Saturday, November 10, 2012

Shadow of a Dark Queen, Raymond E Feist

"Ancient powers are readying themselves for a devastating confrontation, and a dark queen has raised a standard, gathering armies of unmatched might. A band of desperate men are forced into this battleground of good and evil, their only hope for survival is to face this ancient power and discover its true nature. 

Their quest is at best dangerous and at worst suicidal. 

Among them are some unlikely heroes: Erik, a bastard heir denied his birthright; his friend Roo, an irrepressible scoundrel with a penchant for thievery; and the mysterious Miranda, upon whom all must wager their lives. She appears to be an ally but also possesses a hidden agenda and may prove to be a more deadly foe when the final confrontation is at hand… Shadow of a Dark Queen is the first book in the Serpentwar Saga."

This was a re-read for me, and one that's been a long time coming. I used to ADORE Feist back when I was at Uni, and Magician is quite possibly my favourite fantasy novel of all time. The problem with Shadow of a Dark Queen, is that it isn't Magician! It takes place some sixty years after the events of his most well known masterpiece, and we meet up with some old favourites, most notably Nakor. Without him, this would have been a really flat read, and with him, it was flat but with some sparks of fun which made it bearable. Bearable is a bit harsh in fairness, but as with any author who's produced something absolutely outstanding, anything less than the same later on is always going to be a disappointment.

Obviously this one does a lot of hard work. It has that 'series opener' feeling really heavily all over it, as it painstakingly lays the groundwork for an epic battle to come. It felt a little drawn out and dull at times, and the weight of the military detail was a bit too much for me if I'm honest. Many parts felt like filler, to ensure enough pages for the full three books rather than to move the plot along and entertain.

As a long time Feist fan I stuck with it as I want to re-read the whole series. The joys with Feist, for me, are in catching up with some legendary characters and getting back into his beautifully imagined world. It's worth mentioning that if this had been the first Feist novel I'd ever picked up, we would never have become friends I don't think!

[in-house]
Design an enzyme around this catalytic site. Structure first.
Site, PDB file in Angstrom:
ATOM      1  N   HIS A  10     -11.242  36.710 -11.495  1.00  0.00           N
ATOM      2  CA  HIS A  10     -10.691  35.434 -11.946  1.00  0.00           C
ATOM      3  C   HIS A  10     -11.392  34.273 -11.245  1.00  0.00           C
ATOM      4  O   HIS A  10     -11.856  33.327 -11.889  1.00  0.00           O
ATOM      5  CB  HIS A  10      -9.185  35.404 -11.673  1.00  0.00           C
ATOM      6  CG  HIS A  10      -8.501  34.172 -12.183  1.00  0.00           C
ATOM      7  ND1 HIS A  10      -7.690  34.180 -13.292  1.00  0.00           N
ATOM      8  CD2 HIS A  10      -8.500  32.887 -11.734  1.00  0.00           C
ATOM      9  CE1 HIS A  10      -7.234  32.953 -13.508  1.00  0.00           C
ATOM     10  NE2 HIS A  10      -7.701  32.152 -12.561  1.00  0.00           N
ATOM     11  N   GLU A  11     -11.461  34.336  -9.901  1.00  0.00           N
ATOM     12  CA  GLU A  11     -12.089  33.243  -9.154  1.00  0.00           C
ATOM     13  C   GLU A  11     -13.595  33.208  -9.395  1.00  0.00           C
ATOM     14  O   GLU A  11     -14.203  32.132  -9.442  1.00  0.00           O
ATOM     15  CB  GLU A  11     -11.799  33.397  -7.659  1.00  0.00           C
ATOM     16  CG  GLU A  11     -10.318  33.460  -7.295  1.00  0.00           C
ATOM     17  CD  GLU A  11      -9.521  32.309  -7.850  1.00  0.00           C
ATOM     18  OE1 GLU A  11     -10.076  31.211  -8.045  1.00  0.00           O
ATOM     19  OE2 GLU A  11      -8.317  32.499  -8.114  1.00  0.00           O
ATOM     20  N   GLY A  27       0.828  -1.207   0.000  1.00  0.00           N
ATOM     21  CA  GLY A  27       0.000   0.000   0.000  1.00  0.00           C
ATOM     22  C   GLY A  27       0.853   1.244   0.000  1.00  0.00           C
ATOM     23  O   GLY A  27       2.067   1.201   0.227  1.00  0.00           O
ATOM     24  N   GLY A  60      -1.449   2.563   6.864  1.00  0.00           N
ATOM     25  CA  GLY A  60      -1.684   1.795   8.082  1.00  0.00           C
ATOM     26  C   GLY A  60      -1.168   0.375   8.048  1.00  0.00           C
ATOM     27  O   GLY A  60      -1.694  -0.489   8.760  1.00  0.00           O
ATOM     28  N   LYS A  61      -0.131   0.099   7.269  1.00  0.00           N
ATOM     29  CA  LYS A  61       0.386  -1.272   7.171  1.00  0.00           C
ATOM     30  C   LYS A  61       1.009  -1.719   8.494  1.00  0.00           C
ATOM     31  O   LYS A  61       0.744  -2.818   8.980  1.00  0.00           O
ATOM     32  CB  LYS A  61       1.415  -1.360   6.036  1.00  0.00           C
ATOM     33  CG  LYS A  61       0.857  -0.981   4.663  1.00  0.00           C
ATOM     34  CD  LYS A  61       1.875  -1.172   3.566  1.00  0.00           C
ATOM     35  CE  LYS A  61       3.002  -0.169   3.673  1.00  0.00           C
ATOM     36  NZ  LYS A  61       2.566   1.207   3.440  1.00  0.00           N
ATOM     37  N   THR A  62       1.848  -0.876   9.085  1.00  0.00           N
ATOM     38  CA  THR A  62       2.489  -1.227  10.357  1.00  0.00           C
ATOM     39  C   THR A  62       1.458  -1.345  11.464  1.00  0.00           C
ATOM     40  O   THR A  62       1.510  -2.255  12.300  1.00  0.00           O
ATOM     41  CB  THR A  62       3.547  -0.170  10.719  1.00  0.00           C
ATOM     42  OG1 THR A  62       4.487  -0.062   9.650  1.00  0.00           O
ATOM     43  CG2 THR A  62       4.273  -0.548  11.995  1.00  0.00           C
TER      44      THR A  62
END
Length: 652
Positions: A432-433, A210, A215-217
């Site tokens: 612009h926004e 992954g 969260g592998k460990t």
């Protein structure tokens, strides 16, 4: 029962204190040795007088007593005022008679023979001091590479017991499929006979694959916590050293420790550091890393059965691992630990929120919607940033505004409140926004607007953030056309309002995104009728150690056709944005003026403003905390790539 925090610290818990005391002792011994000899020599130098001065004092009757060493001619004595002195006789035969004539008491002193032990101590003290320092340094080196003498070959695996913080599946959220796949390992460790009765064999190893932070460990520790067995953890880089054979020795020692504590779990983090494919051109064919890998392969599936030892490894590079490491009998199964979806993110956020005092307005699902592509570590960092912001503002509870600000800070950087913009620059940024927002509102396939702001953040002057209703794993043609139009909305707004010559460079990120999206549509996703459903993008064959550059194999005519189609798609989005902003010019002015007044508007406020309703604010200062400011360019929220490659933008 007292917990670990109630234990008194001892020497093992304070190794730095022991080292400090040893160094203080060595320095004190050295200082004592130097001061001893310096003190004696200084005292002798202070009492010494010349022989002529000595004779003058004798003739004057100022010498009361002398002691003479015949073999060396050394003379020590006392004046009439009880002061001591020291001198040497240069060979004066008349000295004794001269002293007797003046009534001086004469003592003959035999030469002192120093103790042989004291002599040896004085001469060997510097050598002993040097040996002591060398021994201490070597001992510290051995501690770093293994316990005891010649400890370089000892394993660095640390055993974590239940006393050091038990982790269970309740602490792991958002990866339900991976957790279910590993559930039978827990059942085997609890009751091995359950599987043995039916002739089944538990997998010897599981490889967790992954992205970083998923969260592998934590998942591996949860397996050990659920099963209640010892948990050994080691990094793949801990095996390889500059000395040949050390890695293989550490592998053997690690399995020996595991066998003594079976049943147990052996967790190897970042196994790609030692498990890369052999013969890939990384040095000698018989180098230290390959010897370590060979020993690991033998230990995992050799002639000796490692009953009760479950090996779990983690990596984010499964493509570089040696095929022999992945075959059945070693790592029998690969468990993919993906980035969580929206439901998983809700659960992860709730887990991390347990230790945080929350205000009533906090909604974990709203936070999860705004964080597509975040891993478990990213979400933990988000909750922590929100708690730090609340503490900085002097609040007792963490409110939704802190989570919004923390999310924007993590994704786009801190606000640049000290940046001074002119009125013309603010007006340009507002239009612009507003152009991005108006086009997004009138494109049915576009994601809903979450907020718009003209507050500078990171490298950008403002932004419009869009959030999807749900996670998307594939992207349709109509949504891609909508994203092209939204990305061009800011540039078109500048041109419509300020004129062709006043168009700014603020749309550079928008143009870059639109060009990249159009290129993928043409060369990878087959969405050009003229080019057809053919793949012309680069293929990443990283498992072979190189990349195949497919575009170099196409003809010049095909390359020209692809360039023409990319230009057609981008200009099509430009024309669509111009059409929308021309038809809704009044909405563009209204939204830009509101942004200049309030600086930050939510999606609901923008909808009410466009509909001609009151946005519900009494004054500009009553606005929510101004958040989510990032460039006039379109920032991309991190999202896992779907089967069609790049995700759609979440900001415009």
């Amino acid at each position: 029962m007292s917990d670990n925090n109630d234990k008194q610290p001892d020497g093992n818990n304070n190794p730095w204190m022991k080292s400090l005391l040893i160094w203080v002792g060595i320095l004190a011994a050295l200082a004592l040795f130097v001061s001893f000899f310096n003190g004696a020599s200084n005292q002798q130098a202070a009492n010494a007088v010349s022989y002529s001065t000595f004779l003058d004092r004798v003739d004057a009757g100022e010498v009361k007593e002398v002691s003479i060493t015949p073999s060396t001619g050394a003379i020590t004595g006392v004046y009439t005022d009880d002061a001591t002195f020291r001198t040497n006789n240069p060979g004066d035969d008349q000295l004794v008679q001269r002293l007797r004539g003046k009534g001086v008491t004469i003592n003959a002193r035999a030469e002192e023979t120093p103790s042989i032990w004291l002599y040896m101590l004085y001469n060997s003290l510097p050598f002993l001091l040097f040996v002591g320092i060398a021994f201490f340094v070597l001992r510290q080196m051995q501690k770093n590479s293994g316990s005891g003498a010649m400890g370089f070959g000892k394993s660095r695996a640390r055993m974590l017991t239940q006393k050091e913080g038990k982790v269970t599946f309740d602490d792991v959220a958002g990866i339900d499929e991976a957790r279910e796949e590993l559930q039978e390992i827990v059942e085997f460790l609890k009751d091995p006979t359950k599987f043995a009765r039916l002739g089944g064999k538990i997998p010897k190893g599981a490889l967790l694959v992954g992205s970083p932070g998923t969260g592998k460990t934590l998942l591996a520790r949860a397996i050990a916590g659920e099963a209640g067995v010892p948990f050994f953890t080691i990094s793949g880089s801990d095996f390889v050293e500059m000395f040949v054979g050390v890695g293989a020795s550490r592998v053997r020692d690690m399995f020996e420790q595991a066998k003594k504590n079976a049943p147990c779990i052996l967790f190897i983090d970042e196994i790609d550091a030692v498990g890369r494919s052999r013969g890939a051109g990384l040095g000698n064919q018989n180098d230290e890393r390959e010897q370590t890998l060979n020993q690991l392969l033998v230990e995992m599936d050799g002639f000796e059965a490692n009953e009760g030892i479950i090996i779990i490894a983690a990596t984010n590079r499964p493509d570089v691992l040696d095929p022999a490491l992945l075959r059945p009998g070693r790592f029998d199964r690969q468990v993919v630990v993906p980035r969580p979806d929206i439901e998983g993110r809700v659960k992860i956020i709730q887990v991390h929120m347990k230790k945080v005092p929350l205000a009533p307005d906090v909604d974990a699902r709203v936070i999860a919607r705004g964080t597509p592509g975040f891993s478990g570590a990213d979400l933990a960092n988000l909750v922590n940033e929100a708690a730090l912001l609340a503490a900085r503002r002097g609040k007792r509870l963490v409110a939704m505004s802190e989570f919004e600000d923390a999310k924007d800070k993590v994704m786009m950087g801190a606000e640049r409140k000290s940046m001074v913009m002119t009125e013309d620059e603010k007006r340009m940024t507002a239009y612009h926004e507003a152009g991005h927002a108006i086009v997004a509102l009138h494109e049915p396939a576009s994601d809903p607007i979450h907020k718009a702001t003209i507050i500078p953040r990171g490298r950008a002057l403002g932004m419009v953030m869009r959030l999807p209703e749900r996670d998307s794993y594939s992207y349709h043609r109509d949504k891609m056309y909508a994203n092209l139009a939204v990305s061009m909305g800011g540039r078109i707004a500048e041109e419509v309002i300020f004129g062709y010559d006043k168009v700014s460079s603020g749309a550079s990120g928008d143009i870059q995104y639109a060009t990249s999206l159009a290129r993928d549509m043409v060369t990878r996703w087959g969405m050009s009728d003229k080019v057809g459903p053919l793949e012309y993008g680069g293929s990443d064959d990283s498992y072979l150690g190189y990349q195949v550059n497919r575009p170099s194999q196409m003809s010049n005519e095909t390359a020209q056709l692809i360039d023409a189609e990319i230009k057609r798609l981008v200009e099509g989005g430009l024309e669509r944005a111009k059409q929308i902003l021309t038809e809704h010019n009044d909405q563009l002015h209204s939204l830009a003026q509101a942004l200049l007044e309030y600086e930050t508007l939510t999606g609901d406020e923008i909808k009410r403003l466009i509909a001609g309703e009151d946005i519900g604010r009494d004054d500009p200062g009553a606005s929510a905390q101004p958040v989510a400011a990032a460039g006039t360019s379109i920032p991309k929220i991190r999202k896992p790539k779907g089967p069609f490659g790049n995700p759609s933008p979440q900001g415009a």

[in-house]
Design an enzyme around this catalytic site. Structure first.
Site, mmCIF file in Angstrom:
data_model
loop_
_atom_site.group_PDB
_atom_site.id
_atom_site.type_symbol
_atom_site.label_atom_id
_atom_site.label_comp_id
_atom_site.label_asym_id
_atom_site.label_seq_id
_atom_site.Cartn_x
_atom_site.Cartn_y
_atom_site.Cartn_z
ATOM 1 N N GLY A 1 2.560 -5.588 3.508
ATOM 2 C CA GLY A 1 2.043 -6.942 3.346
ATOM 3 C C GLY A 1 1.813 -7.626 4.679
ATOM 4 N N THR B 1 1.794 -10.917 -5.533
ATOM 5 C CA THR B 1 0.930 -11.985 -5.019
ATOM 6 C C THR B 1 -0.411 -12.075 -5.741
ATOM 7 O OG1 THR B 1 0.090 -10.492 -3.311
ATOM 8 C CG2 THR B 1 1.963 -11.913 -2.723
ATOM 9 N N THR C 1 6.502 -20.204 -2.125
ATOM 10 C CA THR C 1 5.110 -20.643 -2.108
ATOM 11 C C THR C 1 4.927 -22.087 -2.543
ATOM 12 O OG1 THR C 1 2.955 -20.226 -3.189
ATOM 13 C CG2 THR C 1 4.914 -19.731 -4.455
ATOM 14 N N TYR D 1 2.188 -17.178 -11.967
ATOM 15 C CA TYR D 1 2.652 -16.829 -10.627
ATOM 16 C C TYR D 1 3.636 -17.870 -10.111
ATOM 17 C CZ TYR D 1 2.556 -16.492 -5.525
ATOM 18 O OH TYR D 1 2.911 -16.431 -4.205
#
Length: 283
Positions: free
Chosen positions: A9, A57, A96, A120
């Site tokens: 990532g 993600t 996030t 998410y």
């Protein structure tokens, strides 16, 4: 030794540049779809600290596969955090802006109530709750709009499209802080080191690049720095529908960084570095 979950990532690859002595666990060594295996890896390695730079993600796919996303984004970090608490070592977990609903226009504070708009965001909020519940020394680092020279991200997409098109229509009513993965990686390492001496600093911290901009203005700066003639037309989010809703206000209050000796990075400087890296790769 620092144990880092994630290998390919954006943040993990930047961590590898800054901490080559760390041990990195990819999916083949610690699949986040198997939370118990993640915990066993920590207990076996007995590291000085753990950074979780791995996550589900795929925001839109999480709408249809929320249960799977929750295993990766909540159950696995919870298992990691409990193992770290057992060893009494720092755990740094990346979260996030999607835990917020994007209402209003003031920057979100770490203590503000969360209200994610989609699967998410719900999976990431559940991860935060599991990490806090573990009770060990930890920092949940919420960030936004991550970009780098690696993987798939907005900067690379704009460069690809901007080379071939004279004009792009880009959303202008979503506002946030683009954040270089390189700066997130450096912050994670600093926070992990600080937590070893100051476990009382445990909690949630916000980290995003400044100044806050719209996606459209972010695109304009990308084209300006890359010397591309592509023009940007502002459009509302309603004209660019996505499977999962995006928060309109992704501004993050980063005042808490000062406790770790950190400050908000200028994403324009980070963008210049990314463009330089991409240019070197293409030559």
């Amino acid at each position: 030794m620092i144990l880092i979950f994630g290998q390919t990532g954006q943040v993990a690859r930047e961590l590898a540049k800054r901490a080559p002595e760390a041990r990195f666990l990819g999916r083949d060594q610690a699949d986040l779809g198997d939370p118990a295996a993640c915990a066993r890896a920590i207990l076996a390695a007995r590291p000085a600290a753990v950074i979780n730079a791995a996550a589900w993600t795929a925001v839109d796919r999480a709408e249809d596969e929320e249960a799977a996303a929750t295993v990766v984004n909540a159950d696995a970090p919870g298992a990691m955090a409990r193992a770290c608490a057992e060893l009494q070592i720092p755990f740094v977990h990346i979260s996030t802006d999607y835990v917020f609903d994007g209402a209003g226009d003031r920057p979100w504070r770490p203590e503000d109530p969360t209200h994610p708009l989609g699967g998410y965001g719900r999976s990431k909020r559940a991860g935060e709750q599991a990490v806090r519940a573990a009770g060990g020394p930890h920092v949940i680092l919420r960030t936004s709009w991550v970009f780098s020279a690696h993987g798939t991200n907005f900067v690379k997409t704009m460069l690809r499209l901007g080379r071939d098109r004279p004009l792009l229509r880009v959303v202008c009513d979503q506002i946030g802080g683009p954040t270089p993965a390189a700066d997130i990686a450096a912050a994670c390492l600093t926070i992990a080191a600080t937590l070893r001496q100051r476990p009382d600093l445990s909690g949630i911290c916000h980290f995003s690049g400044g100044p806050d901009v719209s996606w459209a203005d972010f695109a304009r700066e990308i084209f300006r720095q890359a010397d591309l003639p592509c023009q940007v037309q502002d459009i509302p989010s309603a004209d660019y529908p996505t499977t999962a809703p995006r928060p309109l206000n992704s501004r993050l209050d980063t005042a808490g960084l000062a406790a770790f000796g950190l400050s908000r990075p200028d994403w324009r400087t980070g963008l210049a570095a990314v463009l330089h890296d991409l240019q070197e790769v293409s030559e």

Coming back to this one so long after I first read it, it feels very much of its age. It's traditional fantasy through and through, and it's about as Old School as you can get. Farm boy/coming of age, rapes a-plenty, horrible beasties, Oracles and dimensional rifts. For anyone who's cut their fantasy teeth on the new wave, this is going to be a different world. Feist is miles apart from the likes of Lawrence and Lynch. That's not to say that he's not completely awesome in his own right, which he is, just that when you grow up with an author you tend to have a completely different view of them to those who first come across them much later on. Even just re-reading this one, I'm seeing a whole mass of faults I never noticed as a young 'un with my rose coloured specs firmly in place.

It's a solid and well written novel from one of the giants of the genre. There are some beautiful touches. And Roo is still one of my favourite fantasy characters today. But this shouldn't ever be your first Feist read. To get the best from this you need to have read Magician, Silverthorn and A Darkness at Sethanon at the very least. IMHO of course. Once you have those under your belt, you can appreciate the best of Shadow of a Dark Queen all the more easily.

(It's probably worth mentioning that Shadow of a Dark Queen is just £1.99 on at the moment)


  1. Magician is one of my earliest fantasy loves as well; I even have the special 20th anniversary hardback edition Voyager did at the time. It's signed and everything. I loved the Serpent War saga, as I loved Roo and the kind of Dirty Dozen set up of Erik's company. That's one of my favourite tropes! I still think The Empire trilogy he did with Janny Wurts is one of the best I've ever read.

  2. Roo is wonderful :)
    And yes, absolutely agree re the Empire Trilogy.
    I need to read some Wurts alone, I keep trying but never seem to get going.